Android Q

Among the many things Android Q is bringing, ‘gestures’ is perhaps the most anticipated. We’ve always been curious as to how a physical gesture can be read ever since Google introduced the idea. Touch-free controls or smartphones are possible but the technology isn’t perfect yet. Similar apps and features have been presented to the Android community by different developers but Google hasn’t really introduced a standardized system until Android Q. New navigation gestures were added recently but expect some limits may be implemented.

Android Q is now beta 3. The latest preview version delivers numerous features and enhancements. One important enhancement is a new set of navigation gestures. They are there alright but Google isn’t forcing anyone to use them.

OEMs can choose to use the newest Android Q navigation features but they are not required. Use is optional for a few reasons.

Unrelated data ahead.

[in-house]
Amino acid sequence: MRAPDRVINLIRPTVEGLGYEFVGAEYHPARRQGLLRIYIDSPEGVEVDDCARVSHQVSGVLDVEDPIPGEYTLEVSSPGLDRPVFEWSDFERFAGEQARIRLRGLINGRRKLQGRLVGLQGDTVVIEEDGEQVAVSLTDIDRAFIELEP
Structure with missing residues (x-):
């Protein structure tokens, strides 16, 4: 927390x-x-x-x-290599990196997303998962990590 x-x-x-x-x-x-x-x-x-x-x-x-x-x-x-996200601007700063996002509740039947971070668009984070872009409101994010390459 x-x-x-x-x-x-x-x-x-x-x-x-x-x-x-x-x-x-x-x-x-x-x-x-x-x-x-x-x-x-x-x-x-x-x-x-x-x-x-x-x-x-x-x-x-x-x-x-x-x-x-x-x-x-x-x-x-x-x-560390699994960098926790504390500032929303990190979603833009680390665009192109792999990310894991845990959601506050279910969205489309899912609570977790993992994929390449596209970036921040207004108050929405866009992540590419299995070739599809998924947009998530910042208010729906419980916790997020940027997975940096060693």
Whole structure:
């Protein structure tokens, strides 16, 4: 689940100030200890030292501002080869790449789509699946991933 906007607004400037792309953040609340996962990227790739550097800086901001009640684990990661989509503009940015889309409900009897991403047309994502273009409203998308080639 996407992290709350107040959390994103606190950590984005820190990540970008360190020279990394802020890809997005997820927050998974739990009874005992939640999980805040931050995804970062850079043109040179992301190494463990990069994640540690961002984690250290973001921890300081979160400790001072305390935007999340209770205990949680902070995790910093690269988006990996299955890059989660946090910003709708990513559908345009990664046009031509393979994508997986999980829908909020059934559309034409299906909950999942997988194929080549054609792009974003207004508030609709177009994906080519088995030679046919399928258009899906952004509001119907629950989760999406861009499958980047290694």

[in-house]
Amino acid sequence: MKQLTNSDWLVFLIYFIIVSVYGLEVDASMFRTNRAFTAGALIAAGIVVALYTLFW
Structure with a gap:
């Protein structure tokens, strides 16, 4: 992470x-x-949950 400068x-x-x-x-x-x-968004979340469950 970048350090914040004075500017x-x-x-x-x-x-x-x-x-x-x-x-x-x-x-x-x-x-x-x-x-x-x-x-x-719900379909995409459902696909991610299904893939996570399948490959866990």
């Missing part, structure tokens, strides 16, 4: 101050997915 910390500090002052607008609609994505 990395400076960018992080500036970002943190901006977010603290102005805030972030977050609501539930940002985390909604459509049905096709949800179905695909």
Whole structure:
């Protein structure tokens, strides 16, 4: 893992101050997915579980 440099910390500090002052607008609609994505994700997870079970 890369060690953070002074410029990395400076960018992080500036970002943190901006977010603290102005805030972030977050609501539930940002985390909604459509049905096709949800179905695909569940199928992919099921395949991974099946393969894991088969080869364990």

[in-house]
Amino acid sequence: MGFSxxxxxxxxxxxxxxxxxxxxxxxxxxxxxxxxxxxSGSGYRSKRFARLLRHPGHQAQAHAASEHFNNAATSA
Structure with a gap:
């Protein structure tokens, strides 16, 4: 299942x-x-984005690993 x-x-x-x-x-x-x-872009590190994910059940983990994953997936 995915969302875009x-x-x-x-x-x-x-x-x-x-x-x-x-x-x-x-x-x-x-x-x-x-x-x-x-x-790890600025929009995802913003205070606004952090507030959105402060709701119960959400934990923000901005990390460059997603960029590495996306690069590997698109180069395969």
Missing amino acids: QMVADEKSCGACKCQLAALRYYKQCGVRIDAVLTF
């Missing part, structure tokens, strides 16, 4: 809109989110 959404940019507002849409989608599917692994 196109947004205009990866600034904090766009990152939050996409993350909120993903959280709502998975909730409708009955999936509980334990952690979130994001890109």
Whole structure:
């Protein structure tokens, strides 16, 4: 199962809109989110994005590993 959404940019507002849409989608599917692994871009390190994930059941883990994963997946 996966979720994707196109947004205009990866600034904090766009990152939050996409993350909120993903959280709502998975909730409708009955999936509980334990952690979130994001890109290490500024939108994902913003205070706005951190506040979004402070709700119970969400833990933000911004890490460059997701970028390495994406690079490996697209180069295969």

This may have something to do with enhanced security and privacy since other OEMs also offer gesture controls. We’re thinking mobile users can be confused but Google is giving the users and developers a choice. There won’t be forced usage of the Android Q gesture controls but they can be considered since Android Q Beta 3 is already improved.

Understanding how to navigate with gesture controls is challenging enough. Combine the native gestures with those from other OEMs on specific devices and then a mobile consumer is left confused.

The goal when it comes to controls is to be “simple to learn and understand”. Now Google is saying third-party gestures will still remain. They won’t be disallowed but they can be disabled. Phone makers can decide if they want to use their gestures or not.

At Android Q setup, the option to use the new navigation gestures will be asked. Choose if you want Android Q or the traditional navigation buttons.